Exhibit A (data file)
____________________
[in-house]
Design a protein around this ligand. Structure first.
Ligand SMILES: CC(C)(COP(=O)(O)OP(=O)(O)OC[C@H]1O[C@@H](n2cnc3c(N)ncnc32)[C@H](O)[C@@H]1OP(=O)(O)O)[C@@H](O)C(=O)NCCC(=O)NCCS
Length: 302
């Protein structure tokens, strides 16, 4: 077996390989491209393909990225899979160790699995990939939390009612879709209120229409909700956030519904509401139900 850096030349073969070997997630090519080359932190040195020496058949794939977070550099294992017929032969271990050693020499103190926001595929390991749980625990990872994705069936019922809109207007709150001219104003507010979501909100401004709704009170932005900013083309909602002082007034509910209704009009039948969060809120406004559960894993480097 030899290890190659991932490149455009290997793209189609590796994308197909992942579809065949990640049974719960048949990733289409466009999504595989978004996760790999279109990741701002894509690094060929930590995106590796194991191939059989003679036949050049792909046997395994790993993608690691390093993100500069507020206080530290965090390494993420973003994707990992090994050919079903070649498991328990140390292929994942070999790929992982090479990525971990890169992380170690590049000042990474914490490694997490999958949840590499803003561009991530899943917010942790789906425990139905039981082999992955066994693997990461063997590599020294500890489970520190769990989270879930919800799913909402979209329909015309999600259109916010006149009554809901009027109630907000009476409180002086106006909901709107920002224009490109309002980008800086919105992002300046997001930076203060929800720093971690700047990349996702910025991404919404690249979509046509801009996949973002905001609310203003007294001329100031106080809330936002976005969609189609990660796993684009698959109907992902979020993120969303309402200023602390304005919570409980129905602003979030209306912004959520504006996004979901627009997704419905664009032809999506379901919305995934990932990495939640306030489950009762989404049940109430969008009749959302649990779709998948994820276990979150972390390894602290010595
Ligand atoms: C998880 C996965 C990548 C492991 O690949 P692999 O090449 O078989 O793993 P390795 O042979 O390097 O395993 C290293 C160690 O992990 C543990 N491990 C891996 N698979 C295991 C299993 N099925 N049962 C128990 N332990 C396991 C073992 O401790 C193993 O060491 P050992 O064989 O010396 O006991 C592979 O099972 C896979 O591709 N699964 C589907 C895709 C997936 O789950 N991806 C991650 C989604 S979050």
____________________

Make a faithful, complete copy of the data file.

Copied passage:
[in-house]
Design a protein around this ligand. Structure first.
Ligand SMILES: CC(C)(COP(=O)(O)OP(=O)(O)OC[C@H]1O[C@@H](n2cnc3c(N)ncnc32)[C@H](O)[C@@H]1OP(=O)(O)O)[C@@H](O)C(=O)NCCC(=O)NCCS
Length: 302
């Protein structure tokens, strides 16, 4: 077996390989491209393909990225899979160790699995990939939390009612879709209120229409909700956030519904509401139900 850096030349073969070997997630090519080359932190040195020496058949794939977070550099294992017929032969271990050693020499103190926001595929390991749980625990990872994705069936019922809109207007709150001219104003507010979501909100401004709704009170932005900013083309909602002082007034509910209704009009039948969060809120406004559960894993480097 030899290890190659991932490149455009290997793209189609590796994308197909992942579809065949990640049974719960048949990733289409466009999504595989978004996760790999279109990741701002894509690094060929930590995106590796194991191939059989003679036949050049792909046997395994790993993608690691390093993100500069507020206080530290965090390494993420973003994707990992090994050919079903070649498991328990140390292929994942070999790929992982090479990525971990890169992380170690590049000042990474914490490694997490999958949840590499803003561009991530899943917010942790789906425990139905039981082999992955066994693997990461063997590599020294500890489970520190769990989270879930919800799913909402979209329909015309999600259109916010006149009554809901009027109630907000009476409180002086106006909901709107920002224009490109309002980008800086919105992002300046997001930076203060929800720093971690700047990349996702910025991404919404690249979509046509801009996949973002905001609310203003007294001329100031106080809330936002976005969609189609990660796993684009698959109907992902979020993120969303309402200023602390304005919570409980129905602003979030209306912004959520504006996004979901627009997704419905664009032809999506379901919305995934990932990495939640306030489950009762989404049940109430969008009749959302649990779709998948994820276990979150972390390894602290010595
Ligand atoms: C998880 C996965 C990548 C492991 O690949 P692999 O090449 O078989 O793993 P390795 O042979 O390097 O395993 C290293 C160690 O992990 C543990 N491990 C891996 N698979 C295991 C299993 N099925 N049962 C128990 N332990 C396991 C073992 O401790 C193993 O060491 P050992 O064989 O010396 O006991 C592979 O099972 C896979 O591709 N699964 C589907 C895709 C997936 O789950 N991806 C991650 C989604 S979050």